Sleep and snack, before and during the shiftWhen preparing for the night shift, the first task is to get a good sleep during the day. Allowing the body to run through the circadian rhythm early will better energise it for duty better for the night shift later. However, this can be challenging as it requires effort to overcome the body’s natural body clock and achieve deep sleep.
One way to make adjusting the body clock a smoother process is to be in an environment conducive to sleeping. Create a comfortable space where the body can more easily succumb to sleep. Make use of curtains to minimise entry of light, and ideally, the space should soundproof to block off the sounds of day activities. Keeping the sleeping space cool will greatly assist the process of falling asleep. Doing some exercises in the day will also make the body fatigued, thereby allowing an easier transition into the deep sleep state.
While on the night shift, taking short 20-minutes naps can also refresh them and enhances productivity for the rest of the night. It is usually best to take such naps at 4am, when the body is at its most tired. However, healthcare professionals should check their hospital’s policies on napping before proceeding to avoid misunderstandings.
After ensuring that their bodies are well-rested from the sleep, healthcare professionals should take a meal before their shift. While oily or sugar-heavy meals may give a surge of energy for the healthcare professionals initially, if left unchecked, these meals might set them up for an energy crash later in the night. Instead, aim for a light, healthy meal that is easy to digest and is satiable, such as the local delicacy yong tau foo. Pack some snacks to eat and sustain energy during the night shift, such as nuts, fruits and vegetables. They should eat small portions and frequently to achieve the best effect. Caffeine should be consumed in moderation, as the effects vary between individuals.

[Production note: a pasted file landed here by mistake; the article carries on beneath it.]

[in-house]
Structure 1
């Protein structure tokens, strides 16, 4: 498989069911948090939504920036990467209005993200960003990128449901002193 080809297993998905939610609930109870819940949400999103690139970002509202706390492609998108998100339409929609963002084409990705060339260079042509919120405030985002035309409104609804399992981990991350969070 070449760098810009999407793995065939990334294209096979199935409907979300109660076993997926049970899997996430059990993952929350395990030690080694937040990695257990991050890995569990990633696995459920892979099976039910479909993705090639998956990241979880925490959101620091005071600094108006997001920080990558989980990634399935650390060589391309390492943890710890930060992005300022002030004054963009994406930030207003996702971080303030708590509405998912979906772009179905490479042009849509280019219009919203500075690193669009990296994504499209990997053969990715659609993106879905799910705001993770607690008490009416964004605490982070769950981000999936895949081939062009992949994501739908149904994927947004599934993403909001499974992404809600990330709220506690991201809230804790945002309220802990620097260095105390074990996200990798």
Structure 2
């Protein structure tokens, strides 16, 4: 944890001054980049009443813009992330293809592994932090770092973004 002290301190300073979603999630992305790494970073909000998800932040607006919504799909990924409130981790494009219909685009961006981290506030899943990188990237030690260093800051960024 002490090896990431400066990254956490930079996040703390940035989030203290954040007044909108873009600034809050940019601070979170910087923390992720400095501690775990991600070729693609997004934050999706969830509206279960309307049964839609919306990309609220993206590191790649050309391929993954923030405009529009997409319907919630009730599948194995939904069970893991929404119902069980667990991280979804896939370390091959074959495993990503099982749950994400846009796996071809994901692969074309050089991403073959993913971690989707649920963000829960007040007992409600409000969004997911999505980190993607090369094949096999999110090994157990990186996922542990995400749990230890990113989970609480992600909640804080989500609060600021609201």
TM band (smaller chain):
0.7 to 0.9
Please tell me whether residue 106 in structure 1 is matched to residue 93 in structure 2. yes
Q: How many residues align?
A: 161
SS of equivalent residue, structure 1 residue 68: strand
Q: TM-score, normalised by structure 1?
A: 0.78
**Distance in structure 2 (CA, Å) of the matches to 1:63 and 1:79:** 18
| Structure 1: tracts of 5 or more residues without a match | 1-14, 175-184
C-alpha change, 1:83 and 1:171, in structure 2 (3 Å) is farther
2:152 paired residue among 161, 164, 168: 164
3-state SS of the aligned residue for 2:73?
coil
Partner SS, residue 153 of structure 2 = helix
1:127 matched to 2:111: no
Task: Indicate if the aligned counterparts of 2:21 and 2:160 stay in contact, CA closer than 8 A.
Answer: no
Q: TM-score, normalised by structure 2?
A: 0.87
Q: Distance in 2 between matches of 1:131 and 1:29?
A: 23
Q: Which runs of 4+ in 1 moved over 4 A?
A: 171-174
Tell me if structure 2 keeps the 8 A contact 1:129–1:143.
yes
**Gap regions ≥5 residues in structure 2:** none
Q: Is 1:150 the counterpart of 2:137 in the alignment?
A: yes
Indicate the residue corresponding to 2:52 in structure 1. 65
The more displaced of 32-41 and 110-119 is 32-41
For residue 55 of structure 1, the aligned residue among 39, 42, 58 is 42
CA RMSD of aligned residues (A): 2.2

Engage colleagues and balance relationshipsSome healthcare professionals favour working at night as the workload is usually less and somewhat more relaxed. However, this also means that time passes by more slowly. Avoid being idle and take advantage of this relaxed pace to get to know fellow colleagues better. Not only does this alleviate the stress of the work, it also cultivates more cooperation between healthcare professionals and creates a more cohesive workplace. Nurses can also use this time to bond with patients who have more difficulties coping at night.
Their working hours will differ from their friends and family when they take up the night shift. Hence, it is vital to communicate and sustain good relationships amidst conflicting schedules between work life and other relationships. This enables the healthcare professionals to do their duties with a healthier mental state and greater motivation. Night shift workers are also allocated a higher average number of off days than day shift workers, and some have taken advantage of it to spend more time with their family and friends. Balancing their work and social life is key to maintaining a positive mindset about their night shifts and keep productivity high.
Most importantly, healthcare professionals must monitor their health as they embark on routine night shifts. Due to the timing of the night shifts and disruption of the body’s natural sleep cycle, there is a great risk to develop disorders such as insomnia, loss of coordination and depression. Thus, it is important for healthcare professionals to take note of the above pointers for optimal performance during the night shift. MIMS
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